Breakthrough: Media Moments That Changed The World - Tommy Cooper's last ever performance

Jack Murray of tells Kieran about the moment the great entertainer died live on stage.

This week’s moment examines the night that much-loved British comedian, Tommy Cooper, died live on stage – and television – in 1984. The audience and crew at Her Majesty’s Theatre were slow to realise what was happening and thought it was all part of the act. This column looks at the risks of televising events live on air – anything could happen. 

Tommy Cooper was born in Wales, but he grew up in Exeter with his parents and brother, David. Tommy got his first taste for magic at the age of 8 when an aunt bought him a magic set. He spent hours perfecting tricks and developed into a very talented magician. But it was while he was stationed in Egypt during World War II that Tommy developed a comedic element to his act. Accidentally, he discovered that messing up tricks prompted a better reaction from his audience of soldiers than any of his magic tricks did. So he developed his act to include slips and mistakes that would result in laughs.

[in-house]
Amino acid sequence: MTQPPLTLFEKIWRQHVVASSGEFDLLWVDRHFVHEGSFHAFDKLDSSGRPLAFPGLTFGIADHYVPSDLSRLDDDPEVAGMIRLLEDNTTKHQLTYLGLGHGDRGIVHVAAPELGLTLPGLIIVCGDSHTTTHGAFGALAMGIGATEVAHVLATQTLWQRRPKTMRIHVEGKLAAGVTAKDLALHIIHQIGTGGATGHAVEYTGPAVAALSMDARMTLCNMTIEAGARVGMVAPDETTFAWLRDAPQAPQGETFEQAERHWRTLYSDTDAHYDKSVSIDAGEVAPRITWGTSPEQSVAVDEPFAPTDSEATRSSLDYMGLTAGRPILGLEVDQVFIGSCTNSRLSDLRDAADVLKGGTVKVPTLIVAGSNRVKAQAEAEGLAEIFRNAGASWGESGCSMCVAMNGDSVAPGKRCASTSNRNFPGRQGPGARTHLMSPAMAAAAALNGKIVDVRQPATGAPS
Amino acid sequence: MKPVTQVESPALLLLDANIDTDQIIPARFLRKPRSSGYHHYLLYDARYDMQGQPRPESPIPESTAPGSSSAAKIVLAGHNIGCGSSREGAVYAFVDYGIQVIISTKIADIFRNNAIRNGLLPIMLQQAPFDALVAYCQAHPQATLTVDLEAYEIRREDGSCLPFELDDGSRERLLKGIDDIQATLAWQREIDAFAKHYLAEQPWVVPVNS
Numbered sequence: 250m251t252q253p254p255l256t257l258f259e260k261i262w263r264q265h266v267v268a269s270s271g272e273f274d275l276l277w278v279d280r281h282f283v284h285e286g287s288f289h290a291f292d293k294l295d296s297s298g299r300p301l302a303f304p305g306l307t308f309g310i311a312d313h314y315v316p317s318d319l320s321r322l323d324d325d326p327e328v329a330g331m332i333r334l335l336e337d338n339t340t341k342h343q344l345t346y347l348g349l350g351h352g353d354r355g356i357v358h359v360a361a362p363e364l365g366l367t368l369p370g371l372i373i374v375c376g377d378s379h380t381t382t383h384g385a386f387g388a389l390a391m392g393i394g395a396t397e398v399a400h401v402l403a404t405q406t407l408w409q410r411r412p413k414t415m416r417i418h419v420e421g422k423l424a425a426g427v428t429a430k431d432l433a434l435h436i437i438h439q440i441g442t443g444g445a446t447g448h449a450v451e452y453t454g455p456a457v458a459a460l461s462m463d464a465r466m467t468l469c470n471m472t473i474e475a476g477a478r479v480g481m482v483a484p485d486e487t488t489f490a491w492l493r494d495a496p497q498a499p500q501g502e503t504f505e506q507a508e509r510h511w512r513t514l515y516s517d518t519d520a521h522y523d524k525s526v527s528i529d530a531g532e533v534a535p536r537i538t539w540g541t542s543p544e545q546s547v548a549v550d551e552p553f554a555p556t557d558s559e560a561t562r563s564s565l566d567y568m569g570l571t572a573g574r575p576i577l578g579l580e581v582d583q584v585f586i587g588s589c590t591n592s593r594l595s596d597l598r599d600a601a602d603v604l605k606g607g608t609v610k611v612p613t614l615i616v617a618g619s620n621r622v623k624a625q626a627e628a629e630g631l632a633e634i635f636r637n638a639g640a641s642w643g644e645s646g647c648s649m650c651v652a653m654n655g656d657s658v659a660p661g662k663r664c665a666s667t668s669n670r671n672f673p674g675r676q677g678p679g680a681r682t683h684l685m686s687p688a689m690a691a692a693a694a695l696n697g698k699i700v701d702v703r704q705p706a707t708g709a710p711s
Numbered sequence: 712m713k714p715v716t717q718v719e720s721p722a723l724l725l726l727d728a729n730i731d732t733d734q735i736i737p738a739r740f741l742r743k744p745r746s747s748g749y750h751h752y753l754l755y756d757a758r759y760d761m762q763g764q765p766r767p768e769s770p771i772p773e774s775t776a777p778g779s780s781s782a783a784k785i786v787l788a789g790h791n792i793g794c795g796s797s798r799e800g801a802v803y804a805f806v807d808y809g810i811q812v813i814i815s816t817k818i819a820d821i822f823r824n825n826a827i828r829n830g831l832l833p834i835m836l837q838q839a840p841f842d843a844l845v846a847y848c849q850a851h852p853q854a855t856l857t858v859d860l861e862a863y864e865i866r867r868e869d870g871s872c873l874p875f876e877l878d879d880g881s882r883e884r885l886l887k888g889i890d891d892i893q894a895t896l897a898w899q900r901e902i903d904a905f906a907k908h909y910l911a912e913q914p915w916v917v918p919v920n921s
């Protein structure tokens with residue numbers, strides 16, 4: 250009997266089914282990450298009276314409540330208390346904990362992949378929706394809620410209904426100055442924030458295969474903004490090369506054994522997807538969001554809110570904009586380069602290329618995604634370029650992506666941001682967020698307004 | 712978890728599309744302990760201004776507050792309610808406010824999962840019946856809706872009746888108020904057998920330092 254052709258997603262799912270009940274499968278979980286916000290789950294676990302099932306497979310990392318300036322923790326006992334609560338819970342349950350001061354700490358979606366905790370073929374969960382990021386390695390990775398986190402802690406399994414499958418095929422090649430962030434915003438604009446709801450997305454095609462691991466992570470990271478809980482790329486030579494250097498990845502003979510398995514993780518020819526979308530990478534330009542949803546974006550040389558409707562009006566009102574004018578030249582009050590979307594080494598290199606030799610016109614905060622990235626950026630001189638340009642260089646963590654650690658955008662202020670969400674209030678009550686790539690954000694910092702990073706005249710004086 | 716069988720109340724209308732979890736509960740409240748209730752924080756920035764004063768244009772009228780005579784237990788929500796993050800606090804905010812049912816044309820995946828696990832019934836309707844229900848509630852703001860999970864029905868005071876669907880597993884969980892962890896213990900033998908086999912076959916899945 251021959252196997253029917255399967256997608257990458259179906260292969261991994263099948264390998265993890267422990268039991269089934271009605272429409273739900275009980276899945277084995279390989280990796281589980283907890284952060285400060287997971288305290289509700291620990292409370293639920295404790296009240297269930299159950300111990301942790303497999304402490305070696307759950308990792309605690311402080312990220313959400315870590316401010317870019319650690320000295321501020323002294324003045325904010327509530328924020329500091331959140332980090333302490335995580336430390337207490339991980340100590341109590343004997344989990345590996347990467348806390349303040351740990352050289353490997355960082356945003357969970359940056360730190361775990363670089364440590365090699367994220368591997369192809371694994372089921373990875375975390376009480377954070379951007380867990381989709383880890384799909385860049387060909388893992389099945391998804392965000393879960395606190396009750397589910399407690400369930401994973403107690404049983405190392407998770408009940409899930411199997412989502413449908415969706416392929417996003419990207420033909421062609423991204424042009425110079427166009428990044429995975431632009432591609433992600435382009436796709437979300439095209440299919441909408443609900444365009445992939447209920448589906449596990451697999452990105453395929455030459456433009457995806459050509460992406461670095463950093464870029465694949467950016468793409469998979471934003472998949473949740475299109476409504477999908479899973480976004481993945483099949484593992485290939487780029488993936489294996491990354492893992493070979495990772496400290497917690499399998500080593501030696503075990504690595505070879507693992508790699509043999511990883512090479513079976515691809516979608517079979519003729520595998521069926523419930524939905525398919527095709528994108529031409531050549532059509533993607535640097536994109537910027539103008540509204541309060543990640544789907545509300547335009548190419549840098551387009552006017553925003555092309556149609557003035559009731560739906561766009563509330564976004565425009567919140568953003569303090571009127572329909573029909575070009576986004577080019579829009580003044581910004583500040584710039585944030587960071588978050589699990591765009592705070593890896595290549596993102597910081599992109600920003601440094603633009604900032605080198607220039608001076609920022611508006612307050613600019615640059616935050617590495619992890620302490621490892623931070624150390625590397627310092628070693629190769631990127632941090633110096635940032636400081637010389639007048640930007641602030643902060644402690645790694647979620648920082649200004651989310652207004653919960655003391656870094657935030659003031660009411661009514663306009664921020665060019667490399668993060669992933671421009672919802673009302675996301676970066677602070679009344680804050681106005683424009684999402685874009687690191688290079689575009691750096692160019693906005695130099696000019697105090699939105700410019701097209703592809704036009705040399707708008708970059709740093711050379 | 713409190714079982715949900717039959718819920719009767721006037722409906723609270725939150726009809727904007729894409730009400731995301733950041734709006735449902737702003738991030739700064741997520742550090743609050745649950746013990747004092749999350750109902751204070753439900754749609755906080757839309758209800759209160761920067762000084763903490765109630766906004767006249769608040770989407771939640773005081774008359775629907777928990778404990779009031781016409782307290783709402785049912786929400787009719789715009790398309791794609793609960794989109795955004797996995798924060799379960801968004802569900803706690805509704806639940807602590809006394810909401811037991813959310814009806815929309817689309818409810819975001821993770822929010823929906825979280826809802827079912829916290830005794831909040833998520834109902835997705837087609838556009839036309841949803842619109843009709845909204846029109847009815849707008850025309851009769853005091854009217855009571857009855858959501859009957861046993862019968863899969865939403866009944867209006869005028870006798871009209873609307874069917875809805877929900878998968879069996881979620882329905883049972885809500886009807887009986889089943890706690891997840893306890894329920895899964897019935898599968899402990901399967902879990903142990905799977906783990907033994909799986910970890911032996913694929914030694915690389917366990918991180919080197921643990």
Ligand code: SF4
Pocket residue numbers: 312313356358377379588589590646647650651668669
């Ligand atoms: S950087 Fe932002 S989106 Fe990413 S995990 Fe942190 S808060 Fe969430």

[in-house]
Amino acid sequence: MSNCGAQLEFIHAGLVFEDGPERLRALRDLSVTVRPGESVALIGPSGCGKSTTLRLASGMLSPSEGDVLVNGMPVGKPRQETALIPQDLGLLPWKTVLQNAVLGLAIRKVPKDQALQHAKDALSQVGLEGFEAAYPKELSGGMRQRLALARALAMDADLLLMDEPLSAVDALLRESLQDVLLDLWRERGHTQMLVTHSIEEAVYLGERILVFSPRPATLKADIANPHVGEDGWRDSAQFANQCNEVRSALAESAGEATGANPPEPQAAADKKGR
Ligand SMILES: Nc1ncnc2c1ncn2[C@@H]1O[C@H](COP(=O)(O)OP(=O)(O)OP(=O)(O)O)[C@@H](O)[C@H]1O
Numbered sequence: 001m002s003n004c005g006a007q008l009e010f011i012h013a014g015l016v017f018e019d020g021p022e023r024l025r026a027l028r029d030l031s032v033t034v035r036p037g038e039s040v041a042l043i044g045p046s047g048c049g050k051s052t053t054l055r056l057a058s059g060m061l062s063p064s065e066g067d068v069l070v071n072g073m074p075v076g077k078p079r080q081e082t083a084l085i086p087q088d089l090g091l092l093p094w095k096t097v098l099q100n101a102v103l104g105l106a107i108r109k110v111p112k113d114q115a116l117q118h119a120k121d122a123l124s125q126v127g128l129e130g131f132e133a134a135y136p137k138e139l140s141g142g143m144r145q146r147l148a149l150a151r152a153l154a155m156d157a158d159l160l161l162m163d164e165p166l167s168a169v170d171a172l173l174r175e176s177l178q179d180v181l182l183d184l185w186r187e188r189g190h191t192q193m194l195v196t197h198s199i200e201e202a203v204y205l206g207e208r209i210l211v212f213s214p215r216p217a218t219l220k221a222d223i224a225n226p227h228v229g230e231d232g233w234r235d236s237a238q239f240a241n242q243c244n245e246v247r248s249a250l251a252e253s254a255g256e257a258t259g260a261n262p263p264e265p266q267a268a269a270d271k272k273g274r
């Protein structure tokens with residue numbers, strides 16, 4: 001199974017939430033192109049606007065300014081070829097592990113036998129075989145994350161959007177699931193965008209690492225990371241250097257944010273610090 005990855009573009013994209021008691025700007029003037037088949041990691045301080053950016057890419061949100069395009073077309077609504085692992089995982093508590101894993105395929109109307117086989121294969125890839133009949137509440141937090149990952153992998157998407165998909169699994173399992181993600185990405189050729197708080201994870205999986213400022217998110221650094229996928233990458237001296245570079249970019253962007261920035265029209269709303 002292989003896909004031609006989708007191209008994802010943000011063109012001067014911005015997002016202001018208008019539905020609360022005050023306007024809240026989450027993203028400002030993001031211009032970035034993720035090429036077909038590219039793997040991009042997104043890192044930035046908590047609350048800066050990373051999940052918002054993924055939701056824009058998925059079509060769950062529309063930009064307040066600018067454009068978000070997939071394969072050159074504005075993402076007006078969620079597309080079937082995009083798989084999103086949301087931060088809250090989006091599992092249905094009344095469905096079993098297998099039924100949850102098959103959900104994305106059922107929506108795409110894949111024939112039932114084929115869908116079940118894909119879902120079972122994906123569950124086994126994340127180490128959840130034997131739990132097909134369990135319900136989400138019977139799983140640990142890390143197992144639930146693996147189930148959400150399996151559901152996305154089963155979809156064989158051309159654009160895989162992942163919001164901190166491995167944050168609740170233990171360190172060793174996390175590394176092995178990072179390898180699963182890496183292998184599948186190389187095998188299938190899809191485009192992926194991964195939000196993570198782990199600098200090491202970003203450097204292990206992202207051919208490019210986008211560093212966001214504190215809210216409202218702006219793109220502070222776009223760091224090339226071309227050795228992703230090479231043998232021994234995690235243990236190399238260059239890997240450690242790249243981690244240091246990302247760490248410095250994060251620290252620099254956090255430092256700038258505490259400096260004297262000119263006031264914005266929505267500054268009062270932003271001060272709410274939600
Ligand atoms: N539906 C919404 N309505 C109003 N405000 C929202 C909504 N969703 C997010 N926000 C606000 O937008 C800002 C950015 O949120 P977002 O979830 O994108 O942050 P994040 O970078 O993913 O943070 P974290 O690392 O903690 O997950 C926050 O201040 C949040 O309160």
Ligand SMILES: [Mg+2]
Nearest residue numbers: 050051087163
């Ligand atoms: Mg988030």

While in Egypt, it was during a botched trick that he first wore his trademark fez, or tarboosh, hat. He had forgotten a prop and instead grabbed a hat from a passing waiter to put on his head. Today, his tasseled hat on display at the Victoria and Albert Museum in London. For 30 years, it was in the hands of a writer after Tommy gave it to him while working a Wine Gums advert days before he died.

After the war ended, Tommy continued with his comedy act and eventually became a TV favourite and had a career television career that spanned four decades.

When Tommy’s television career was well-developed in the 1960s, his brother David opened a magic shop. The shop remained in business until earlier this year when Tommy’s niece was forced to close it.

Though, he was known for making people laugh, there was a dark side to Tommy Cooper, who suffered from alcoholism, had a mistress and repeatedly beat his wife Though he found success in his comedy act, he still liked to perform professional magic and impressive tricks backstage.

Listen to the rest of his story by clicking below.

You can read the full column on Tommy Cooper by clicking here -